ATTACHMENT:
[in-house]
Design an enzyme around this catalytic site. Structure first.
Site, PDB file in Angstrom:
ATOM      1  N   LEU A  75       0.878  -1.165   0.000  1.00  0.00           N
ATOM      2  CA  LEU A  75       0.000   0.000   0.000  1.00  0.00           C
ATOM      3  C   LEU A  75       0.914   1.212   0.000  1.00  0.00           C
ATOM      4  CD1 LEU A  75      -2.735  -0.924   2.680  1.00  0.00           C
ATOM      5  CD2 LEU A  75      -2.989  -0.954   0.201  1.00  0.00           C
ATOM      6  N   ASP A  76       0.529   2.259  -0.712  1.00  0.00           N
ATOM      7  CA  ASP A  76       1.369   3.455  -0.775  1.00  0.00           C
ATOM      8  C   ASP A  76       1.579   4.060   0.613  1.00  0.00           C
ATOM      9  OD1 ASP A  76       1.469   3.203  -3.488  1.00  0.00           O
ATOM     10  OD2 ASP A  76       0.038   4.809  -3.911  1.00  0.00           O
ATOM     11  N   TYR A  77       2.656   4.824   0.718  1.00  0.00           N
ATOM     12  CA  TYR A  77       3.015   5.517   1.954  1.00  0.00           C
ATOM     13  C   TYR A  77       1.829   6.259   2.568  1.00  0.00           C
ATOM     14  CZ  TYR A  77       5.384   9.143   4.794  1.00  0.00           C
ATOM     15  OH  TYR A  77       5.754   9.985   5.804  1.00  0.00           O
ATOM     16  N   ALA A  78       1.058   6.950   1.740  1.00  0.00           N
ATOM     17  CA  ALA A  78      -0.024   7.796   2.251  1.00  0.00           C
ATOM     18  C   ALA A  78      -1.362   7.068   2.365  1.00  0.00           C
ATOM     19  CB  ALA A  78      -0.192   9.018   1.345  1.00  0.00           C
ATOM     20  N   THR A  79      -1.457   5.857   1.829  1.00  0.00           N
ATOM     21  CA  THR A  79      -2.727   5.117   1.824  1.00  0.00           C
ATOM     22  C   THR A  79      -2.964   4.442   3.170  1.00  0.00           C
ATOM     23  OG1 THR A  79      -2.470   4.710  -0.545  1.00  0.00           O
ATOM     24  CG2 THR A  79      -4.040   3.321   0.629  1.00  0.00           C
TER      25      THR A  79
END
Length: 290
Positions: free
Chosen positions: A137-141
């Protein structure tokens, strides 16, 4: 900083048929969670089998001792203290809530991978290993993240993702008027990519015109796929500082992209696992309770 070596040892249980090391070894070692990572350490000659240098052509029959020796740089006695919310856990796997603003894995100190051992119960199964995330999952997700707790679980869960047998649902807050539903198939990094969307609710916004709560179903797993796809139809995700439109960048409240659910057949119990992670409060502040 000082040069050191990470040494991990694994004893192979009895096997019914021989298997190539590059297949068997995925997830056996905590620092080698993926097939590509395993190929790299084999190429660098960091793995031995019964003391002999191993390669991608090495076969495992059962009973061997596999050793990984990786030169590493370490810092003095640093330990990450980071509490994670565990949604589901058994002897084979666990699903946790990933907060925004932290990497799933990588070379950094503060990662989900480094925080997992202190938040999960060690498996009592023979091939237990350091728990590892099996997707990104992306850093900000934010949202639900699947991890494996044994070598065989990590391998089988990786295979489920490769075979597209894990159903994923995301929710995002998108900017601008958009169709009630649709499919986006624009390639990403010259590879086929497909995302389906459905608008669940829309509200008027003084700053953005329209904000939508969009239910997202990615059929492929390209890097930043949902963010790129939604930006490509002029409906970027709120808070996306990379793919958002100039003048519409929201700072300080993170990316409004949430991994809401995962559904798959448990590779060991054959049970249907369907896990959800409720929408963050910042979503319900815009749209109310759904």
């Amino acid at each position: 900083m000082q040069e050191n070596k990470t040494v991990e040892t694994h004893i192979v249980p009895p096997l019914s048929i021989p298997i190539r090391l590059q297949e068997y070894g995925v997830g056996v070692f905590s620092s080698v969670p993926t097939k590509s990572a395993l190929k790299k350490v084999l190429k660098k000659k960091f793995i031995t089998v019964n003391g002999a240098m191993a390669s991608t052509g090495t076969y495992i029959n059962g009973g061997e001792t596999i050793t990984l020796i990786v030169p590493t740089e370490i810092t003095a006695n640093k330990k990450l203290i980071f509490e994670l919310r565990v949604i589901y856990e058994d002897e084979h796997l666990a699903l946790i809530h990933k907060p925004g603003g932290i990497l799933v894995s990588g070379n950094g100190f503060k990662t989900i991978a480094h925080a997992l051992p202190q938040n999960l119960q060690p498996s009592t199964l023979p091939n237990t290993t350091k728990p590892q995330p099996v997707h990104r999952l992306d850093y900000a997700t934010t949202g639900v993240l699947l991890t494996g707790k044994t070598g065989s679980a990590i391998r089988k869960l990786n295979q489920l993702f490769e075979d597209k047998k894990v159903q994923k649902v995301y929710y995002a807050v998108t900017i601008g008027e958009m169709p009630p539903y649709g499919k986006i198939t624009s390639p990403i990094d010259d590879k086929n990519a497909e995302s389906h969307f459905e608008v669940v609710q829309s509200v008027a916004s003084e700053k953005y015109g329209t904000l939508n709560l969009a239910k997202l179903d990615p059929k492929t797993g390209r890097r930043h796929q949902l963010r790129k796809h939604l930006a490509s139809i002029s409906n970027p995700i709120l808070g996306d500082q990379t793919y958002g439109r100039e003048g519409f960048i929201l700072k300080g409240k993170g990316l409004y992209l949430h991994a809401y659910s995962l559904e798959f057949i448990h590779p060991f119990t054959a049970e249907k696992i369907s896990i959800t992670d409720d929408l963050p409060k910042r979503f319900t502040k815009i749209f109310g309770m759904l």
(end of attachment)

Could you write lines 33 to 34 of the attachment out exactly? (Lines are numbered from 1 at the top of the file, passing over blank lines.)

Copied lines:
């Protein structure tokens, strides 16, 4: 900083048929969670089998001792203290809530991978290993993240993702008027990519015109796929500082992209696992309770 070596040892249980090391070894070692990572350490000659240098052509029959020796740089006695919310856990796997603003894995100190051992119960199964995330999952997700707790679980869960047998649902807050539903198939990094969307609710916004709560179903797993796809139809995700439109960048409240659910057949119990992670409060502040 000082040069050191990470040494991990694994004893192979009895096997019914021989298997190539590059297949068997995925997830056996905590620092080698993926097939590509395993190929790299084999190429660098960091793995031995019964003391002999191993390669991608090495076969495992059962009973061997596999050793990984990786030169590493370490810092003095640093330990990450980071509490994670565990949604589901058994002897084979666990699903946790990933907060925004932290990497799933990588070379950094503060990662989900480094925080997992202190938040999960060690498996009592023979091939237990350091728990590892099996997707990104992306850093900000934010949202639900699947991890494996044994070598065989990590391998089988990786295979489920490769075979597209894990159903994923995301929710995002998108900017601008958009169709009630649709499919986006624009390639990403010259590879086929497909995302389906459905608008669940829309509200008027003084700053953005329209904000939508969009239910997202990615059929492929390209890097930043949902963010790129939604930006490509002029409906970027709120808070996306990379793919958002100039003048519409929201700072300080993170990316409004949430991994809401995962559904798959448990590779060991054959049970249907369907896990959800409720929408963050910042979503319900815009749209109310759904």
């Amino acid at each position: 900083m000082q040069e050191n070596k990470t040494v991990e040892t694994h004893i192979v249980p009895p096997l019914s048929i021989p298997i190539r090391l590059q297949e068997y070894g995925v997830g056996v070692f905590s620092s080698v969670p993926t097939k590509s990572a395993l190929k790299k350490v084999l190429k660098k000659k960091f793995i031995t089998v019964n003391g002999a240098m191993a390669s991608t052509g090495t076969y495992i029959n059962g009973g061997e001792t596999i050793t990984l020796i990786v030169p590493t740089e370490i810092t003095a006695n640093k330990k990450l203290i980071f509490e994670l919310r565990v949604i589901y856990e058994d002897e084979h796997l666990a699903l946790i809530h990933k907060p925004g603003g932290i990497l799933v894995s990588g070379n950094g100190f503060k990662t989900i991978a480094h925080a997992l051992p202190q938040n999960l119960q060690p498996s009592t199964l023979p091939n237990t290993t350091k728990p590892q995330p099996v997707h990104r999952l992306d850093y900000a997700t934010t949202g639900v993240l699947l991890t494996g707790k044994t070598g065989s679980a990590i391998r089988k869960l990786n295979q489920l993702f490769e075979d597209k047998k894990v159903q994923k649902v995301y929710y995002a807050v998108t900017i601008g008027e958009m169709p009630p539903y649709g499919k986006i198939t624009s390639p990403i990094d010259d590879k086929n990519a497909e995302s389906h969307f459905e608008v669940v609710q829309s509200v008027a916004s003084e700053k953005y015109g329209t904000l939508n709560l969009a239910k997202l179903d990615p059929k492929t797993g390209r890097r930043h796929q949902l963010r790129k796809h939604l930006a490509s139809i002029s409906n970027p995700i709120l808070g996306d500082q990379t793919y958002g439109r100039e003048g519409f960048i929201l700072k300080g409240k993170g990316l409004y992209l949430h991994a809401y659910s995962l559904e798959f057949i448990h590779p060991f119990t054959a049970e249907k696992i369907s896990i959800t992670d409720d929408l963050p409060k910042r979503f319900t502040k815009i749209f109310g309770m759904l």